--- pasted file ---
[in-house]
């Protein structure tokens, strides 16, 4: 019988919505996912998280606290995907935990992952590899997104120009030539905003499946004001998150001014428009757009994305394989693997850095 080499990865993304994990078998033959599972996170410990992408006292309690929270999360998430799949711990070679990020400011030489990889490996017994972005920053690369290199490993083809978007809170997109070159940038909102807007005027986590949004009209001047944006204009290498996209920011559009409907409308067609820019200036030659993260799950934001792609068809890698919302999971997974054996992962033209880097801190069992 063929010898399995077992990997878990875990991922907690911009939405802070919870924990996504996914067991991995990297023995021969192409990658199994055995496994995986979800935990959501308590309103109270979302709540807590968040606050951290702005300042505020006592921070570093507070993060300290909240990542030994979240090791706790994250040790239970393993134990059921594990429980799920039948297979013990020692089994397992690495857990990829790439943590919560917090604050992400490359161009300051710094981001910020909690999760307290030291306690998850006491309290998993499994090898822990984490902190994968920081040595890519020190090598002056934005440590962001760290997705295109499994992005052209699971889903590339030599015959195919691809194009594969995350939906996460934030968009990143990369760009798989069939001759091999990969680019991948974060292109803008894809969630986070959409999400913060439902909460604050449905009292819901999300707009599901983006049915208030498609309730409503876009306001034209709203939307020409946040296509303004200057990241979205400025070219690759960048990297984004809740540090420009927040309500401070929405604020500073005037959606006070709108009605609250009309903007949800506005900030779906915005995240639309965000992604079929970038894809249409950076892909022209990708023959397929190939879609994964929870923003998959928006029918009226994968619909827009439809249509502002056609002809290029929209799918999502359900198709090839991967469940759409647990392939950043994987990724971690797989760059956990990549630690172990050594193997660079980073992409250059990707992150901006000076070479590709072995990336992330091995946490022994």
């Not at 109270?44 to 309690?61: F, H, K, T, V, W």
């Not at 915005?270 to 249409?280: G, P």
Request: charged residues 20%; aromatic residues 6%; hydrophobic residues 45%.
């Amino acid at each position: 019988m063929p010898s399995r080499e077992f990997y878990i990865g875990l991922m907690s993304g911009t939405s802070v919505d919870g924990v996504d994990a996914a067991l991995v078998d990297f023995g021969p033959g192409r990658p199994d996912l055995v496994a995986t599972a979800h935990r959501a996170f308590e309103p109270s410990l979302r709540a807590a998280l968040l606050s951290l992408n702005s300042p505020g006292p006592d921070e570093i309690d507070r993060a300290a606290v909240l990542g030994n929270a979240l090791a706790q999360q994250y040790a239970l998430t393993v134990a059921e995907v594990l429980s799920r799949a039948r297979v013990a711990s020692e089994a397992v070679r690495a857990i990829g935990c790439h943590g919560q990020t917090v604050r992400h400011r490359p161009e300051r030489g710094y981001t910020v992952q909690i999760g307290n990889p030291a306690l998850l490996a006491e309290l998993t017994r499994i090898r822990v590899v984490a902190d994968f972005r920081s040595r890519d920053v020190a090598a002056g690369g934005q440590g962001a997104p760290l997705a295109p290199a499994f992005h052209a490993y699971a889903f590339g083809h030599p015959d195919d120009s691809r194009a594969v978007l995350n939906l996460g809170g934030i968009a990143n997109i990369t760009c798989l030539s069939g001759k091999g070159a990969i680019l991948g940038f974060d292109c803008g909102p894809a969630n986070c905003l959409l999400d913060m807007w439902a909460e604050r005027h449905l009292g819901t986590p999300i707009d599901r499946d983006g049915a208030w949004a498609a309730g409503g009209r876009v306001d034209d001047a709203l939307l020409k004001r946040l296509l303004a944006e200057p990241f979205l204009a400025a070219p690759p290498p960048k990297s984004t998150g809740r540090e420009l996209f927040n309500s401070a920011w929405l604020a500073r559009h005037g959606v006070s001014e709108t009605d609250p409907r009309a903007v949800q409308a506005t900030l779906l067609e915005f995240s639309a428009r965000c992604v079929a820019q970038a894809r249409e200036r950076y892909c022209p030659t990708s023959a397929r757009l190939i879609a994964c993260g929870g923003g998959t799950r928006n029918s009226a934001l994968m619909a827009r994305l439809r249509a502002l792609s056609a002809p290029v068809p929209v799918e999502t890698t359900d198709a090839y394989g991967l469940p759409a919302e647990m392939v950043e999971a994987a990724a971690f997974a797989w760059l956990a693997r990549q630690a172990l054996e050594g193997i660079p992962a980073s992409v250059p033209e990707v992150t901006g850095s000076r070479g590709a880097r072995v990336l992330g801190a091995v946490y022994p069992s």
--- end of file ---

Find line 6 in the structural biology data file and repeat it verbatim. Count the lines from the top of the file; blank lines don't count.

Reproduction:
């Amino acid at each position: 019988m063929p010898s399995r080499e077992f990997y878990i990865g875990l991922m907690s993304g911009t939405s802070v919505d919870g924990v996504d994990a996914a067991l991995v078998d990297f023995g021969p033959g192409r990658p199994d996912l055995v496994a995986t599972a979800h935990r959501a996170f308590e309103p109270s410990l979302r709540a807590a998280l968040l606050s951290l992408n702005s300042p505020g006292p006592d921070e570093i309690d507070r993060a300290a606290v909240l990542g030994n929270a979240l090791a706790q999360q994250y040790a239970l998430t393993v134990a059921e995907v594990l429980s799920r799949a039948r297979v013990a711990s020692e089994a397992v070679r690495a857990i990829g935990c790439h943590g919560q990020t917090v604050r992400h400011r490359p161009e300051r030489g710094y981001t910020v992952q909690i999760g307290n990889p030291a306690l998850l490996a006491e309290l998993t017994r499994i090898r822990v590899v984490a902190d994968f972005r920081s040595r890519d920053v020190a090598a002056g690369g934005q440590g962001a997104p760290l997705a295109p290199a499994f992005h052209a490993y699971a889903f590339g083809h030599p015959d195919d120009s691809r194009a594969v978007l995350n939906l996460g809170g934030i968009a990143n997109i990369t760009c798989l030539s069939g001759k091999g070159a990969i680019l991948g940038f974060d292109c803008g909102p894809a969630n986070c905003l959409l999400d913060m807007w439902a909460e604050r005027h449905l009292g819901t986590p999300i707009d599901r499946d983006g049915a208030w949004a498609a309730g409503g009209r876009v306001d034209d001047a709203l939307l020409k004001r946040l296509l303004a944006e200057p990241f979205l204009a400025a070219p690759p290498p960048k990297s984004t998150g809740r540090e420009l996209f927040n309500s401070a920011w929405l604020a500073r559009h005037g959606v006070s001014e709108t009605d609250p409907r009309a903007v949800q409308a506005t900030l779906l067609e915005f995240s639309a428009r965000c992604v079929a820019q970038a894809r249409e200036r950076y892909c022209p030659t990708s023959a397929r757009l190939i879609a994964c993260g929870g923003g998959t799950r928006n029918s009226a934001l994968m619909a827009r994305l439809r249509a502002l792609s056609a002809p290029v068809p929209v799918e999502t890698t359900d198709a090839y394989g991967l469940p759409a919302e647990m392939v950043e999971a994987a990724a971690f997974a797989w760059l956990a693997r990549q630690a172990l054996e050594g193997i660079p992962a980073s992409v250059p033209e990707v992150t901006g850095s000076r070479g590709a880097r072995v990336l992330g801190a091995v946490y022994p069992s």